All in all, pinpointing the roots of contamination, such as E Coli and Romaine Lettuce, is a lot more of a process and time suck than you may imagine initially.
Quite possibly a better question to ask is…
Does the US Have a Safe Food System?
With various illnesses and bacteria outbreaks on produce and meat products in the United States, one may find themselves how safe food is in the United States. From Listeria to Salmonella outbreaks, E. coli and unsafe produce, food-borne illnesses are a little scary, and for good reason. The United States in recent years has implemented numerous food safety protocols. But how do you know for sure that the food you’re purchasing and serving your family, is indeed, safe to consume? Let’s look at the numbers.
In 2010, the U.S. census bureau reported that the population of the U.S. is 308 million people. If those 308 million people eat, let’s say, two meals a day, that’s 616 million meals eaten every day in the United States. Now if you take those people, and look at those that contract food-borne illnesses based on the CDC’s annual estimates, out of 225 billion meals consumed each year by American’s, 48 million people will fall victim to illnesses from foodborne pathogens. Break that down farther, 127,839 people will be hospitalized, and sadly enough 3,037 deaths will result each year from contaminated food.
What is the FDA Doing About Contaminated Food and Romaine Lettuce Outbreaks?
Comparatively speaking, the World Health Organization statistics state that every year, 2.2 million people die from diarrheal diseases from dehydration. Sure, in a perfect world there would be no risk associated with eating farmed/produced food bought outside of our home.
Considering the statistics, and the fact that less than 0.0004 people in the United States will die from foodborne illnesses each year. While yes, there will always be room for improvement, the U.S. food safety system works as well or better than most all countries in the world. The USDA and the FDA work consistently with producers and processors in the United States and in other countries to set an enforce the standards that provide safe, high-quality food.
Should You Eat Bagged Lettuce? Should You Eat Lettuce At All?
We say… go for it. The best way to not get sick from unsafe or contaminated food is to take precautions before consuming it. While we’d love to believe that all food is safe, the truth is, it isn’t. The solution? It starts with pursuing a healthy lifestyle. Before consuming nutrient-dense foods, buy them from reliable stores, farms, and factories. When you get home, store them in a clean, sanitized drawer. Wash and wipe your food before you eat it.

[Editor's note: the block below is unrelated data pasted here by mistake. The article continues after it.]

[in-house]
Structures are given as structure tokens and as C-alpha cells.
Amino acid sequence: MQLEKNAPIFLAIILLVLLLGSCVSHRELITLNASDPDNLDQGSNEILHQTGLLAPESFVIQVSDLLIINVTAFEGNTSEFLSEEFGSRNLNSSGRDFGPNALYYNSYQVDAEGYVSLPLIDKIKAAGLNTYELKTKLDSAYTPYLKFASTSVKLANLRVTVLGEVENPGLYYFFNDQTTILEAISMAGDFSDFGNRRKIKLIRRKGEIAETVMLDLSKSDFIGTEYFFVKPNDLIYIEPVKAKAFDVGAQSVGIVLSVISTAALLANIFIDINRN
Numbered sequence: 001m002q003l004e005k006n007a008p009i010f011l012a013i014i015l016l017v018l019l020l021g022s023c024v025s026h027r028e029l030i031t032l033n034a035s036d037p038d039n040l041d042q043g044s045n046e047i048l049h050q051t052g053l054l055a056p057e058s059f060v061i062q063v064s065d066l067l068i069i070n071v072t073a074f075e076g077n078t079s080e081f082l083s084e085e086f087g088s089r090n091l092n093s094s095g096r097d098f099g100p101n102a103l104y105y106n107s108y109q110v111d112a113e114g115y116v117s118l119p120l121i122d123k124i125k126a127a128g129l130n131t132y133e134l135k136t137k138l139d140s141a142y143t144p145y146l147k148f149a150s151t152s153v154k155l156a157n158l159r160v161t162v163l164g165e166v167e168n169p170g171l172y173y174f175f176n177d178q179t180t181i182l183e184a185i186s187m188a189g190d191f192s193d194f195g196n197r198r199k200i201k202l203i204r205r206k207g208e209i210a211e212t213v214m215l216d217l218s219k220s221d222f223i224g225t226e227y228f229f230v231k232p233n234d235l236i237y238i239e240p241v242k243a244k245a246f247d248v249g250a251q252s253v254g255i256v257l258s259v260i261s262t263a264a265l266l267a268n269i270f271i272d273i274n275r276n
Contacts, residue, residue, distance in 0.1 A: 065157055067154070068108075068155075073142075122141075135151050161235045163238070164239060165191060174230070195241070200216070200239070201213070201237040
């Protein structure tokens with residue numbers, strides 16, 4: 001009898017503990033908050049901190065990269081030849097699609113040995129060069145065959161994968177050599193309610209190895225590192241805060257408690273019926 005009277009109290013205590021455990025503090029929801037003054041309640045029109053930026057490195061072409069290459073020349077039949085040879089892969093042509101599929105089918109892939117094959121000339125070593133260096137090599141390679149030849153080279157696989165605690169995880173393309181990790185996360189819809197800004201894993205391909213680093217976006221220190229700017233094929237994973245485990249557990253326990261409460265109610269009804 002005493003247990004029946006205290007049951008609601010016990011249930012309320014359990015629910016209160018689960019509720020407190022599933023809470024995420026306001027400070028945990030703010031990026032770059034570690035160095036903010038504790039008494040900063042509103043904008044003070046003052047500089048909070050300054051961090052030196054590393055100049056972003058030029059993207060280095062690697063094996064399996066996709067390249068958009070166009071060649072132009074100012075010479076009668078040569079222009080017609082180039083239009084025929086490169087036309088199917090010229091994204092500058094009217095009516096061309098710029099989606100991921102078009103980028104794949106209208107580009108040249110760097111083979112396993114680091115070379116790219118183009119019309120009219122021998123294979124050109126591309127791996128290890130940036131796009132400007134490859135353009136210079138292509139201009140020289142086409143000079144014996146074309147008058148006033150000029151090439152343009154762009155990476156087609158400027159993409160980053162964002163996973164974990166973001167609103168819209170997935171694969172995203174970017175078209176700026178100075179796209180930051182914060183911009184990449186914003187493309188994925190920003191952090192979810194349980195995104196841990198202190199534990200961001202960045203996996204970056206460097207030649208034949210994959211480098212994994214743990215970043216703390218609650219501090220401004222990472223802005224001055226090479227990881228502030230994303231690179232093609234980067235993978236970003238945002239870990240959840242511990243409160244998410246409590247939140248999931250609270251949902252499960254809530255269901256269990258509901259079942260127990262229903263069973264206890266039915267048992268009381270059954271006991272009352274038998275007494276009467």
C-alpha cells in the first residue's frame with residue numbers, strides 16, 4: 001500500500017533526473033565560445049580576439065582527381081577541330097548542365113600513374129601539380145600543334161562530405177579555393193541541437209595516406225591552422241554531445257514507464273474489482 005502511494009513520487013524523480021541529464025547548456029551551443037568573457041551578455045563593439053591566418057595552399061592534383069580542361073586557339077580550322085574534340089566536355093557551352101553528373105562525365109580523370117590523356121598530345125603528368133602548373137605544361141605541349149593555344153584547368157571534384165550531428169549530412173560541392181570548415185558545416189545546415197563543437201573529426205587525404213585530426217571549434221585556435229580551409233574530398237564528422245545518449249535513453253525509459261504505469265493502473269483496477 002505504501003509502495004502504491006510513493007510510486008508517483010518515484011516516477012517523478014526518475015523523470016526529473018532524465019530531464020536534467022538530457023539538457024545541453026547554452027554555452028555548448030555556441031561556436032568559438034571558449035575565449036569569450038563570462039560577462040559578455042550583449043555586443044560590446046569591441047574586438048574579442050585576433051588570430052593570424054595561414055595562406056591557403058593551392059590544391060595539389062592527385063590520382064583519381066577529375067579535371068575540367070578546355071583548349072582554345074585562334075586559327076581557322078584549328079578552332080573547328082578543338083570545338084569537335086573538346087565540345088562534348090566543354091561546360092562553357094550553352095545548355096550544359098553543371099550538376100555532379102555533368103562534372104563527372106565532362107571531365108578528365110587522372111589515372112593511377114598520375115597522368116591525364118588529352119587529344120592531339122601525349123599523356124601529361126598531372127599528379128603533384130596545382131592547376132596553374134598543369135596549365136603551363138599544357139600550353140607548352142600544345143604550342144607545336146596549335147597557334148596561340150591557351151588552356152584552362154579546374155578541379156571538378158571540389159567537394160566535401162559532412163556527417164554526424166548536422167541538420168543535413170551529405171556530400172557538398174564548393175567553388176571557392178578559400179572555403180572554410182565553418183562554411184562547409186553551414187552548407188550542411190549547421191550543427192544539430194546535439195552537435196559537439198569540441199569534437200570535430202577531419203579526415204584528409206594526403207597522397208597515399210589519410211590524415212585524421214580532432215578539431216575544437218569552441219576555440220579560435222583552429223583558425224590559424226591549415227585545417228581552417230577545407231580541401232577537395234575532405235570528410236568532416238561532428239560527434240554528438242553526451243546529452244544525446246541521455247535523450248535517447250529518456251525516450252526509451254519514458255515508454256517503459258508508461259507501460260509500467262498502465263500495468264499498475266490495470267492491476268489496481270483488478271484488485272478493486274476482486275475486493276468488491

While yes, foodborne illness outbreaks can be scary and serious, and even bring sadness for those who are seriously affected by it, millions upon millions of Americans consume the very same food each day and do not become sick. It’s frustrating that provisions and recalls have to be so broad but try not to take it out on your local farmer or FDA representative.
Scott Gottlieb, the commissioner of the Food and Drug Administration (FDA), says that aggressive recall efforts of food “are aimed at making sure we get ahead of this emerging outbreak, to reduce risk to consumers, and to help people protect themselves and their families from foodborne illness outbreak[s]”.
What to Do if You Feel Like You Have Symptoms of a Food-Borne Illness
Symptoms include vomiting, stomach cramps, and bloody diarrhea. If you think you’ve been infected, it’s always advised to see a physician and have your case reported to a local health department.
The Bottom Line
Be an informed consumer and think about your overall health status. If you’re at risk, and something comes out, like a Romaine Lettuce E Coli Outbreak, ditch the lettuce and eat another source of leafy greens until the recall is lifted. The same thing can be said with other food illness outbreaks. Overall, take charge of your health. Take your vitamins regularly to bridge the nutrient gaps in your diet, eat a well rounded and nutritious dietary lifestyle, and pay attention to where your food comes from. Oh, and if you have to, mark yourself safe from the Romaine Lettuce Event on Facebook (wink, wink).
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Park S, et al. Generic Escherichia coli contamination of spinach at the preharvest stage: effects of farm management and environmental factors . Appl Environ Microbiol. (2013)
Solomon EB, Yaron S, Matthews KR. Transmission of Escherichia coli O157:H7 from contaminated manure and irrigation water to lettuce plant tissue and its subsequent internalization . Appl Environ Microbiol. (2002)
Jay MT, et al. Escherichia coli O157:H7 in feral swine near spinach fields and cattle, central California coast . Emerg Infect Dis. (2007)